Despite the unrivalled spatial resolution and depth penetration of active-source seismic methods used for mineral exploration in hardrock environment, economic and environmental restrictions (e.g., source permitting) may preclude its full-scale application. In such a case, 2D passive reflection seismics can be considered a cost-effective way to perform reconnaissance-type survey and provide body-wave structural imaging using ambient-noise seismic interferometry (ANSI). This is, however, conditional to the presence of noise sources in the subsurface, for example produced by underground mining activity. Here, we propose a 2D ANSI workflow as an intermediate step prior to a full-scale 3D ANSI survey and an affordable tool in brownfield exploration, e.g., when trying to update current geological models beyond the drilled area. We test the applicability of this approach by analysing selected receiver lines from a 3D passive dataset acquired over the Kylylahti mine in Finland. Our methodology aims at choosing the optimal processing strategy at possibly lowest acquisition (2D geometry) and computational (small amount of data) cost. We address the fundamental questions in ANSI, i.e., (i) how much AN should one record and (ii) which SI processing approach should one choose. Therefore, we test different processing steps necessary to produce virtual shot gathers (VSG): preprocessing, selection of the ambient-noise portion, and selection of the method for retrieving the impulse responses between the receivers (crosscorrelation - CC, crosscoherence - CCh, multidimensional deconvolution - MDD). We conclude that trace energy normalization and high-pass filtering are the preferred preprocessing steps, while the best imaging is obtained when VSGs are retrieved using MDD applied in the noise-volume approach or CC in the event-driven approach. An event-driven approach may significantly reduce the acquisition time: for the Kylylahti dataset, using 10 events with energetic body-wave arrivals, extracted from one hour of data, was enough to provide results comparable to the results from the noise-volume approach using the complete one hour of noise.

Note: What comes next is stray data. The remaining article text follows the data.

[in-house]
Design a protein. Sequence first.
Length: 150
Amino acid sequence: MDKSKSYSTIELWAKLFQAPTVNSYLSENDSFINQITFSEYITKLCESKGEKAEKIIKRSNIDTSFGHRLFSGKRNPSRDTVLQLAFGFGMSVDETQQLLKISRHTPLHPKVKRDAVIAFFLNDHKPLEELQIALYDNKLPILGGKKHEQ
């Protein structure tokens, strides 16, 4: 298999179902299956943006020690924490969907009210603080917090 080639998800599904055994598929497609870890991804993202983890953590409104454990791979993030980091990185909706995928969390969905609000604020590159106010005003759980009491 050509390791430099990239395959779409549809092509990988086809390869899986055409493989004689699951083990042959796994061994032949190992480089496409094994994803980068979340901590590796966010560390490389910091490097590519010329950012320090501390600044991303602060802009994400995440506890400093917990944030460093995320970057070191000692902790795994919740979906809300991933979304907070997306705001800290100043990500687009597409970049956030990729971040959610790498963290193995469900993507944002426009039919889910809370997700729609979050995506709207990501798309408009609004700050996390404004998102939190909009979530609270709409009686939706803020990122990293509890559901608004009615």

Bibliographical noteAccepted author manuscript
- 2D acquisition
- Ambient noise
- Mineral exploration
- Seismic interferometry